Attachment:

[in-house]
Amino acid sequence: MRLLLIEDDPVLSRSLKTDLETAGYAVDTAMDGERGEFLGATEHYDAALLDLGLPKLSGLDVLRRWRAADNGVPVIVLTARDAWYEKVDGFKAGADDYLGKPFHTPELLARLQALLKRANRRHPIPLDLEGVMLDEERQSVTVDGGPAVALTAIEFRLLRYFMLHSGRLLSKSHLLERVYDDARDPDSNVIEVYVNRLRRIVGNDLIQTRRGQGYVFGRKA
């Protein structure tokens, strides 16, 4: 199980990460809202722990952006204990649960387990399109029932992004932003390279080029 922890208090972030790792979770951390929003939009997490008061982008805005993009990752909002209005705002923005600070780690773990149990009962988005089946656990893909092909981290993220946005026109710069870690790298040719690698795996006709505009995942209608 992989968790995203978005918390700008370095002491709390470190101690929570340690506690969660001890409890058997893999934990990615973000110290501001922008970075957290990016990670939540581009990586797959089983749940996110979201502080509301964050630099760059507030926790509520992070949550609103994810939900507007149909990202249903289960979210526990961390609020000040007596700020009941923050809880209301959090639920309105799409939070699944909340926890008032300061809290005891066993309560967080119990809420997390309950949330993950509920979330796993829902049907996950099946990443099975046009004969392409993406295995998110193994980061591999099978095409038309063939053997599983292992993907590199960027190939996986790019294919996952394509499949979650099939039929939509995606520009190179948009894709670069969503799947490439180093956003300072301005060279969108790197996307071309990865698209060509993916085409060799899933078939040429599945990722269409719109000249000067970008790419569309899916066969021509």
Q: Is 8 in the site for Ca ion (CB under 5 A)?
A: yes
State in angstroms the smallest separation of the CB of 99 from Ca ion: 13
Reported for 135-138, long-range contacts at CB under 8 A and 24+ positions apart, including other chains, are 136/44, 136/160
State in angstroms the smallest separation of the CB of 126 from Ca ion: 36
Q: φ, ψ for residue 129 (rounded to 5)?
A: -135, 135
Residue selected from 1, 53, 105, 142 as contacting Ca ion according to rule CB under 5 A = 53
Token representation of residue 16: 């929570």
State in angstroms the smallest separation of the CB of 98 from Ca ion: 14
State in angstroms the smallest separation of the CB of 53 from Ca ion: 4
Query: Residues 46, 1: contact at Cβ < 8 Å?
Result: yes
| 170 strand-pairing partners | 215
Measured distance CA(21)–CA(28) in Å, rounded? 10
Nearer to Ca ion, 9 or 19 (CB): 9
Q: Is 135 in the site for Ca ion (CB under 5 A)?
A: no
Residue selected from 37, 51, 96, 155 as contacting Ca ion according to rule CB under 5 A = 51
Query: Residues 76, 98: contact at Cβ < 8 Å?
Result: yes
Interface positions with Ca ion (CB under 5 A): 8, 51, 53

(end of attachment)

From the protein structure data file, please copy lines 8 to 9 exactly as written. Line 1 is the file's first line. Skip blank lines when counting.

State in angstroms the smallest separation of the CB of 126 from Ca ion: 36
Q: φ, ψ for residue 129 (rounded to 5)?